If you are interested in buying or commisioning artwork, or would like to  know about upcoming art workshops, please feel free to drop me a line.

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Recommended Materials List

HomeRecommended Materials List


You will need a full range of graphite pencils to practice your tonal work in graphite e.g.4H- 8B

Different brands of pencils give different results, and some are much softer and grainier than others. I use the green Faber Castell pencils, working mainly with H, 2H & 3H



Soft putty eraser. I use the Faber Castell putty erasers as they are the softest. They also come in a range of colours, so when you see it getting too grey, when it is time to get a new one!

Vinyl eraser (the Tombow Mono Eraser is brilliant) https://www.tomboweurope.com/en/eh-kur83-mono-zero.html



Black fineliner pen (waterproof ink) size 0.05

I like the Uni Pin pens but any brand is good



Watercolour round brushes (sizes 0,2,4) sable OR synthetic

A brush with a good point on the tip is essential!


My favourite brushes are-

Winsor & Newton Series 7 miniature rounds. They are pricey but so reliable.



An alternative would be the Rosemary & Co. spotters. They are a little more affordable and quite good.  https://www.rosemaryandco.com/watercolour-brushes/pure-kolinsky-sable/pure-kolinsky-spotters


Interlon brushes. These synthetic brushes have an incredibly fine tip. They were designed for painting dentures but are increasingly popular with botanical artists http://www.bestfromjapan.com/moreinfo.cfm?product_id=15946

I love these Japanese brushes from Pigment https://bit.ly/2MbP2oW



A flat/filbert brush is recommended for flat washes and blending (size 2,4) I have just bought the Pro Arte Prolene Plus size 2 and am very impressed at the price and quality.


A small flat stiff brush is strongly recommended for lifting. The watercolour eradicator brush from Rosemary & co is superb https://www.rosemaryandco.com/acrylic-brushes/new-acrylic-ranges/eradicator-brush



Watercolour Paper:

Hot Pressed watercolour paper 300gsm Size A3 (11”x 17”)

  • Canson Moulin du Roy HP is great for practicing on and affordable.
  • Saunders Waterford HP, Arches HP are good but more expensive options



Computer paper for sketching

Tracing paper Size A4 (8.5”x 11”)



I prefer hardbound sketchbooks as you can do a double-spread across the two pages, and you are less tempted to rip out pages if it goes wrong. Paper quality varies greatly in sketchbooks, but the Stillman & Birn zeta series is excellent https://www.stillmanandbirn.com/zeta.html


Choose a palette that has a wide area for mixing. A white plate or tile works really well. I use the fold-up plastic palettes as they can be pinned to my upright easel and the partitioned sections keep the paints clean.


Clip-on, hand held or headset. I use a goose necked clip-on magnifier with a 5” lens that clips onto my desk as I prefer handsfree. The magnification is only 2x as I find any stronger affects my eyes. https://amzn.to/2za3Mm2



Daylight lamps are a great way of illuminating your subject. I also use a second light for my work for when natural light is poor. There are many options available if you google ‘Portable Daylight Lamp’. Choose an LED light (e.g. https://amzn.to/2su4hAv ) as the bulbs do not emit heat which can cause your plant to wilt!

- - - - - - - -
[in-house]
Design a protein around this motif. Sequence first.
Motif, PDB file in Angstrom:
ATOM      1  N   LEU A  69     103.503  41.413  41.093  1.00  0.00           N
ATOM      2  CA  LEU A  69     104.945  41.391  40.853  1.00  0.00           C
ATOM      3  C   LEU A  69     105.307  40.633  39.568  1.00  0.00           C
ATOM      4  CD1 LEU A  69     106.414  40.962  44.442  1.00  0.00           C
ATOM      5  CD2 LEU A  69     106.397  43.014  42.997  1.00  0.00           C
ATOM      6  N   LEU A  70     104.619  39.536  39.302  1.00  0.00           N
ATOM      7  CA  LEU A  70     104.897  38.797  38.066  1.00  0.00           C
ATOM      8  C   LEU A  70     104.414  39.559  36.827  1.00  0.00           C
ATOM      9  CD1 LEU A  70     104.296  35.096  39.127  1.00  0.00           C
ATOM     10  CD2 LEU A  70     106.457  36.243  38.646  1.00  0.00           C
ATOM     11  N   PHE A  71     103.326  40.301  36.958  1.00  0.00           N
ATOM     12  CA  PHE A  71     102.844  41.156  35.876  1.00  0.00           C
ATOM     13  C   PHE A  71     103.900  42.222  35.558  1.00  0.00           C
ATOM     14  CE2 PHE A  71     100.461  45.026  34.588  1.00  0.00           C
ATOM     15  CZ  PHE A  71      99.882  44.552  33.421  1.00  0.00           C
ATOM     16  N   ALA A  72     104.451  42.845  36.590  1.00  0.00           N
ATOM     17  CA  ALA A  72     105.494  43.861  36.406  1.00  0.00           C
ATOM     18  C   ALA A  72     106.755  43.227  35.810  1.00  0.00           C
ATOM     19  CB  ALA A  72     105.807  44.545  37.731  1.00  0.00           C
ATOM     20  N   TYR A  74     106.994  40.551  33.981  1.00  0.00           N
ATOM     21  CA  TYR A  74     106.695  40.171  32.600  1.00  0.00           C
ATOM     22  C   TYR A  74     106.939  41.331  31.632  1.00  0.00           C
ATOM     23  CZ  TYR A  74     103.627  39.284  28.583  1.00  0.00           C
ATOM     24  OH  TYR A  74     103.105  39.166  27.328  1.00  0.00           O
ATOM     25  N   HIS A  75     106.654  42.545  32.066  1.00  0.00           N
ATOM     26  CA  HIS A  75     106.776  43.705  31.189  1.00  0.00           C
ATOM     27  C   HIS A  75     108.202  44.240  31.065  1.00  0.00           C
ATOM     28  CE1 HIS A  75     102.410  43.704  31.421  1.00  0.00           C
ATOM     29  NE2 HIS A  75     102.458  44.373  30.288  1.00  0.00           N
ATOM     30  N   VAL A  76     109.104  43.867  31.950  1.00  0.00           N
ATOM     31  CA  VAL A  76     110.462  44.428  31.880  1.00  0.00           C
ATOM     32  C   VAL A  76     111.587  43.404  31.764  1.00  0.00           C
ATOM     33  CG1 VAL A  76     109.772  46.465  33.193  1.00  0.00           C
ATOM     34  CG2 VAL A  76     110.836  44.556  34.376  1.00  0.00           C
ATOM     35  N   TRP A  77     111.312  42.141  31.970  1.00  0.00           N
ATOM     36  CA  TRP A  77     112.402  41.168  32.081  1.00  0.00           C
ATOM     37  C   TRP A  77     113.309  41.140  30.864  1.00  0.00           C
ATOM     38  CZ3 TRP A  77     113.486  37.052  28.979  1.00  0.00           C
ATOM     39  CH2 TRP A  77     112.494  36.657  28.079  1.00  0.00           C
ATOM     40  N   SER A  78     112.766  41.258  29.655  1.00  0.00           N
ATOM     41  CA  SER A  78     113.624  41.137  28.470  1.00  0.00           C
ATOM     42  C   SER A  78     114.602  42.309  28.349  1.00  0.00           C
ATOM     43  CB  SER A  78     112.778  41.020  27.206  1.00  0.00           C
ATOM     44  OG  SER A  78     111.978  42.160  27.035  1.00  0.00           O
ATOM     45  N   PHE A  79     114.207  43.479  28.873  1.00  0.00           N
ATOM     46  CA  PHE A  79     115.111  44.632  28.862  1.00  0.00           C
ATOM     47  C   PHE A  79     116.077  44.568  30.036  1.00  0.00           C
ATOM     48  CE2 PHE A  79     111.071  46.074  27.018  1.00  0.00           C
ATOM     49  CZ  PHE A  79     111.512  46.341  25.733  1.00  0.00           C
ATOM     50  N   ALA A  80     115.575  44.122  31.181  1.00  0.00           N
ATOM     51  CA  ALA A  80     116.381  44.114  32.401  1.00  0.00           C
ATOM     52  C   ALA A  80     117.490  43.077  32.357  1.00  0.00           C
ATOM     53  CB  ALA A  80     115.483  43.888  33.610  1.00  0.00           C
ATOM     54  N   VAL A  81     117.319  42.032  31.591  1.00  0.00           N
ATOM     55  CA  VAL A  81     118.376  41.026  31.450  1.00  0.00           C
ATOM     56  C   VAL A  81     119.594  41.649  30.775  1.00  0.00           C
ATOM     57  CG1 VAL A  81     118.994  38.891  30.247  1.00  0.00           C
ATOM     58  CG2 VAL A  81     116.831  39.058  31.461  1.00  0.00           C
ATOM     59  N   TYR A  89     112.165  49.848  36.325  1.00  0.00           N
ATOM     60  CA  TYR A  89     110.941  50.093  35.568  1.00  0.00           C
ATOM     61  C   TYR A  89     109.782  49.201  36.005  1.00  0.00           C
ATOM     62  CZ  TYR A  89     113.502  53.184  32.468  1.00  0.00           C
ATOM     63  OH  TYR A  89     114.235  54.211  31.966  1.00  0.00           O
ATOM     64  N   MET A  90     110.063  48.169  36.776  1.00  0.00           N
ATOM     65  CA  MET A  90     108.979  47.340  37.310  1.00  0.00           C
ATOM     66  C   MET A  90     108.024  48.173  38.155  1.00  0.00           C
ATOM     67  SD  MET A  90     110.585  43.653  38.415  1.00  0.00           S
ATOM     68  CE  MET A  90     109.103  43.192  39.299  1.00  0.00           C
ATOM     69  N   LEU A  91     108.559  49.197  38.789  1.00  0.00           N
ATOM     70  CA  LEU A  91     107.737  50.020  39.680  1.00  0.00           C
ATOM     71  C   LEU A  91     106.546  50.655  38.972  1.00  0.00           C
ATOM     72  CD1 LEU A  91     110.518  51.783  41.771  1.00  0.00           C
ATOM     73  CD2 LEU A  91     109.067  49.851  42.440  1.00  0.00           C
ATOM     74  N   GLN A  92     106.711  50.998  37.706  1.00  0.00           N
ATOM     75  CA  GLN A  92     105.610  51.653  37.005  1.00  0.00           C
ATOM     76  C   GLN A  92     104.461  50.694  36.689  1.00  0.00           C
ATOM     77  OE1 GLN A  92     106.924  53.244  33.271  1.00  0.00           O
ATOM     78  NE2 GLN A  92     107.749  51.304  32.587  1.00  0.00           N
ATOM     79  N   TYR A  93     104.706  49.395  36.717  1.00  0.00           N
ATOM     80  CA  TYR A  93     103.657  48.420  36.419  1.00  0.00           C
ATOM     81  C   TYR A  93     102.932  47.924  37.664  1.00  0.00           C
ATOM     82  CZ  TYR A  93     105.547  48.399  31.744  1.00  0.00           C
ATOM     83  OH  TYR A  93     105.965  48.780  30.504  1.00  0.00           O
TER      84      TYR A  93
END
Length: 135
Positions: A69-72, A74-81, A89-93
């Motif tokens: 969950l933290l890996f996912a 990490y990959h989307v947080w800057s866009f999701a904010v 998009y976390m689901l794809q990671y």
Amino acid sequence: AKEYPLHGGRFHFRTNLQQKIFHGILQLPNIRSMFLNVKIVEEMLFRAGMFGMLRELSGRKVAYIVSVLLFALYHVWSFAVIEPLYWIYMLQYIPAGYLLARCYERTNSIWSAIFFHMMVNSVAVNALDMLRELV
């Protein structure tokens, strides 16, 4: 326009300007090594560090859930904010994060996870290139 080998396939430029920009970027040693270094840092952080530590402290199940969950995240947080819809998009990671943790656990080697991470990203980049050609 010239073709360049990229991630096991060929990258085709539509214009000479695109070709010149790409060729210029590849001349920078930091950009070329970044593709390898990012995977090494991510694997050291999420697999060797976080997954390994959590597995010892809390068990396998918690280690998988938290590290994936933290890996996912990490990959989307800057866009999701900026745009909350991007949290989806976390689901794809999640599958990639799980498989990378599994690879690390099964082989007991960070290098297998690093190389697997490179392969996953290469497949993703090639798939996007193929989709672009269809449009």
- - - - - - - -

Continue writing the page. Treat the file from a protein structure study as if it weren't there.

OPTIONAL- I prefer to work upright because it helps reduce neck and back strain. Desktop easels are affordable and fold up flat when not in use. It is possible to work flat on a table. The Blundell harling A2 desk easel is a good starter easel https://amzn.to/2MAlIbS


Spray diffuser:

Found in most pharmacies/drug stores and very cheap. Used to wet your paints and save your brushes. It can also be used to revitalize a tired plant that has started to wilt before it’s portrait is done.



low-tack tape



  • Cloths (old shirt or cloth handkerchief) are better than kitchen towel
  • Water containers (jam jars)
  • Ruler (plastic)
  • Craft knife
  • Scissors
  • Re-usable putty (blu-tack/ power-tack) has infinite uses in a studio
  • Gooseneck selfie-stick for holding subjects at the best angle for painting (see image below)


Watercolour Paints:

The paints listed below are the ones that I use most often. Feel free to use whatever paints you already have, and you are welcome to substitute any of the paints with an alternative. Pans or tubes are both good. Make sure that you use Artist Quality paints, not student quality (e.g. Cotmans) as student quality paints tend to be chalkier.

I use mainly Winsor & Newton and Schmincke, but any good brand is acceptable.

I will be discussing colour in a lot of detail in the Colour Module



Holbein Jaune Brilliant 1

Lemon Yellow (Nickel Titanate)

Winsor Lemon

Winsor Yellow

Indian Yellow



Transparent Yellow

Perylene Green


Manganese Hue

Indanthrene Blue

Paynes Grey



Winsor Orange

Winsor Orange-Red

Transparent Orange



Scarlet Lake

Quinacridone Red

Permanent Rose

W&N Perylene Maroon



W&N Cobalt Violet OR Schmincke Purple Magenta

Quinacridone Magenta

Winsor Violet

W&N Perylene Violet


Earth Colours

Raw Sienna

Raw Umber

Quinacridone Gold


Optional- Designers White Gouache



  • Drawing Template with circles and squares for colour charts
  • Vernier Digital Calipers – a useful and fun tool to have. There is a wide range available but don’t spend more than €10
  • Plastic water floral tube- useful and very cheap
  • Ruler (metal for cutting paper)

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